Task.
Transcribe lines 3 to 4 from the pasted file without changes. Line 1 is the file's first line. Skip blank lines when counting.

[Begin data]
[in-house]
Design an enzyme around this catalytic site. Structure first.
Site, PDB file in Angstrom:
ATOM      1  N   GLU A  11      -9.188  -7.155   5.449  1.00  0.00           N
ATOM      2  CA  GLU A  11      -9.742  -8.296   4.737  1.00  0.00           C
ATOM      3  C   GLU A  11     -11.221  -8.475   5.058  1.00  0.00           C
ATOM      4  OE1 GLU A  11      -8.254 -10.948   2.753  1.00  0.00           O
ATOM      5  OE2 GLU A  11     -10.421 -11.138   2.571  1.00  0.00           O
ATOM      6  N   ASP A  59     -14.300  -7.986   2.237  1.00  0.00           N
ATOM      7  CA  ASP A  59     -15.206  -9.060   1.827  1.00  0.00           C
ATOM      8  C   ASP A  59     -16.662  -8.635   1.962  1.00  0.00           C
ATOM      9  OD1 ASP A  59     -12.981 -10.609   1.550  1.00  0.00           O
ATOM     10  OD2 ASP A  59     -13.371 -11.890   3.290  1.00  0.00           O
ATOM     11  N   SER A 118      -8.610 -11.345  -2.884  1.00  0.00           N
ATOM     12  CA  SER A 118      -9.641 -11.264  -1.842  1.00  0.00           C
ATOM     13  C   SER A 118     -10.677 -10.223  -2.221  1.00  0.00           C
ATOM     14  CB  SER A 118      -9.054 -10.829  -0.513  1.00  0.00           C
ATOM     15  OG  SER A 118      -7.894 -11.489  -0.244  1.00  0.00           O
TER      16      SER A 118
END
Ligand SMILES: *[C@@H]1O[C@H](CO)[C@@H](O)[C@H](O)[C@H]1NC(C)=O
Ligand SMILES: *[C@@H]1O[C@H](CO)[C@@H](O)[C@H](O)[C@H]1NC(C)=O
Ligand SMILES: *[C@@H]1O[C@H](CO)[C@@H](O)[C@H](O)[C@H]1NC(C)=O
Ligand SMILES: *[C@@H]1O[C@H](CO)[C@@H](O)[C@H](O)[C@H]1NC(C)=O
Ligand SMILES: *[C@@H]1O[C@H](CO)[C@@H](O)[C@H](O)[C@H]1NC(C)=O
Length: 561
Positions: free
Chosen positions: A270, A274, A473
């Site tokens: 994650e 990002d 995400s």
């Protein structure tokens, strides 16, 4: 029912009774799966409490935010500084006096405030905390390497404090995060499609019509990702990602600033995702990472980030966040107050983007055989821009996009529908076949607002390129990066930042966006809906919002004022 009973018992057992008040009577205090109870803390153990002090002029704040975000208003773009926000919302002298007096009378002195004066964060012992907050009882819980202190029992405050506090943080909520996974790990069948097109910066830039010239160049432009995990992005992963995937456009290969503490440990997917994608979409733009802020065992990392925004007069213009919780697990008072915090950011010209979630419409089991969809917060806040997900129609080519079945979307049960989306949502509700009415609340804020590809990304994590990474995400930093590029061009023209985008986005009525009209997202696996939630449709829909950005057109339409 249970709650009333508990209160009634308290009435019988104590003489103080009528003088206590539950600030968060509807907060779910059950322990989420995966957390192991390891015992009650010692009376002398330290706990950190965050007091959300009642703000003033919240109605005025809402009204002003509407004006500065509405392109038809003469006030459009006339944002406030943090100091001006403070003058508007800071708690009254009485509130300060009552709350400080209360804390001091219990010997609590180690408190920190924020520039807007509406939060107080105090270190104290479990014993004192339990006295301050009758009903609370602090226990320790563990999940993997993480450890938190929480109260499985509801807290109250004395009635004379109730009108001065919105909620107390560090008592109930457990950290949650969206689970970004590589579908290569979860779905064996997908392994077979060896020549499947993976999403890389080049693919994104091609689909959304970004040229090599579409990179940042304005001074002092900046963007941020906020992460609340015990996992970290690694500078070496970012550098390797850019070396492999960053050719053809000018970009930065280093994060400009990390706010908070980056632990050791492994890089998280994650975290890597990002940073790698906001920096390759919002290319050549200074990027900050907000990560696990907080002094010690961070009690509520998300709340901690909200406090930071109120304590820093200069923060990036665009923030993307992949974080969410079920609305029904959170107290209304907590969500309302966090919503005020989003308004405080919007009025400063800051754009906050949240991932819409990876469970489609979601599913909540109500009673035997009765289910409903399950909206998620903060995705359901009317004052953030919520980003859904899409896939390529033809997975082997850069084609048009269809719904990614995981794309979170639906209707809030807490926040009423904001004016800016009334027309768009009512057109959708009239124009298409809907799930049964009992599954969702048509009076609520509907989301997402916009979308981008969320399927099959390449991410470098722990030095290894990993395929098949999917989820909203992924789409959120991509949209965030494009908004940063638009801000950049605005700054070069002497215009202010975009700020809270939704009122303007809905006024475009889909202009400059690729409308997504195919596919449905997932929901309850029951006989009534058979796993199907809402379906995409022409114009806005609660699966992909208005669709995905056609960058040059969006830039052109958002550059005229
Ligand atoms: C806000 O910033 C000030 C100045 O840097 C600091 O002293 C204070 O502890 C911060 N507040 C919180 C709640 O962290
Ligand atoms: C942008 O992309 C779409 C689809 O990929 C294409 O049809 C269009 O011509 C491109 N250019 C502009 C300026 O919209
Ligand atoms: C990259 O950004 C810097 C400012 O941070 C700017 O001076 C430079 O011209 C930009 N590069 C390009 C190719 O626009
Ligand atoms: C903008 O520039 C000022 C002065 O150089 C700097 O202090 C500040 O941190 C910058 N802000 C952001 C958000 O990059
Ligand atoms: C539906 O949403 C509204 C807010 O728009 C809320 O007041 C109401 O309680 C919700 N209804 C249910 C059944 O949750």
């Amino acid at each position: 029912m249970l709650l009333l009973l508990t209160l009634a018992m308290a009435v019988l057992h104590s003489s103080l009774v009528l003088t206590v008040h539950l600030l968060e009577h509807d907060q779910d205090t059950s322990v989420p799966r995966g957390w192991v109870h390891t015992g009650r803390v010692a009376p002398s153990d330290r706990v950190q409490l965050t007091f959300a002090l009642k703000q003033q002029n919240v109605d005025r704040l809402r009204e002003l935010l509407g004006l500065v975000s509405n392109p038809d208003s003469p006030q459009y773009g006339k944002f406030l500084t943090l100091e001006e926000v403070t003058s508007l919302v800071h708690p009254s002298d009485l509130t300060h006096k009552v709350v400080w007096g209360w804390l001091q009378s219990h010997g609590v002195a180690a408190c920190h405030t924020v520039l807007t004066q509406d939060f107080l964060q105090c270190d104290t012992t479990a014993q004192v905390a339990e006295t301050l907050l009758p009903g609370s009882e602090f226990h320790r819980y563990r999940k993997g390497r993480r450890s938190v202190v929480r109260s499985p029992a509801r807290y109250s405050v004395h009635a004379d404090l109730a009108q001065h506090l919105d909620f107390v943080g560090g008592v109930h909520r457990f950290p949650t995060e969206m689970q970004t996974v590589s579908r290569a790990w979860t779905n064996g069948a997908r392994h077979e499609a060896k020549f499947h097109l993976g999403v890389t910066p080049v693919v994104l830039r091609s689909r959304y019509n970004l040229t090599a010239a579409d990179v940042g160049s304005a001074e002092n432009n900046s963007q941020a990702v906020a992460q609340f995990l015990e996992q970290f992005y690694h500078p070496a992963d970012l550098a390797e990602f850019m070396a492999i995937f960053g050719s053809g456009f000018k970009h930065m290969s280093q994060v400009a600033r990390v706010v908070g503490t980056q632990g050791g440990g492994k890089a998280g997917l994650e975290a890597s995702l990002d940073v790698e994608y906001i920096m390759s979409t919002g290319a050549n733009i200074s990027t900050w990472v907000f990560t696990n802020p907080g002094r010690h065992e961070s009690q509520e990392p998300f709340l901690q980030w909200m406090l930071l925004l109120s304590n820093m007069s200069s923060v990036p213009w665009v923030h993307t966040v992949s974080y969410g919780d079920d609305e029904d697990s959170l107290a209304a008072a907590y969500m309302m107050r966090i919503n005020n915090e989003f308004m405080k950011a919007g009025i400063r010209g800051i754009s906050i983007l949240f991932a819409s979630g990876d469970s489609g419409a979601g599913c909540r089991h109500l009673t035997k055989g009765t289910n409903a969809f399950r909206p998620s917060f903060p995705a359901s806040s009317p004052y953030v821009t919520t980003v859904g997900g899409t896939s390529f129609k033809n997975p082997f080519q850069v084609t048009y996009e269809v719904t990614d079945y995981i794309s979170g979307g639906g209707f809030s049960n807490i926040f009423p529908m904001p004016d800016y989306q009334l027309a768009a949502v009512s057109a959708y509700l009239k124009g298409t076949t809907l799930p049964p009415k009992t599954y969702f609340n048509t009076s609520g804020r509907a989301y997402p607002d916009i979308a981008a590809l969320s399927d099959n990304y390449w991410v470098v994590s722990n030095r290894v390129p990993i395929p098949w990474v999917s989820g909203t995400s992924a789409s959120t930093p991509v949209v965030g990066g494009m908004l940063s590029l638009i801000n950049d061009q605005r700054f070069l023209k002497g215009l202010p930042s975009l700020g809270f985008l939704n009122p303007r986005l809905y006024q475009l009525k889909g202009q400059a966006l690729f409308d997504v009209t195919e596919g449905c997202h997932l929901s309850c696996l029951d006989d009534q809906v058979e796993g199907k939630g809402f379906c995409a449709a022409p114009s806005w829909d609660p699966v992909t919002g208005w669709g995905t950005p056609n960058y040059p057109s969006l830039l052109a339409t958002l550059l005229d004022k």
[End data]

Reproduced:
Site, PDB file in Angstrom:
ATOM      1  N   GLU A  11      -9.188  -7.155   5.449  1.00  0.00           N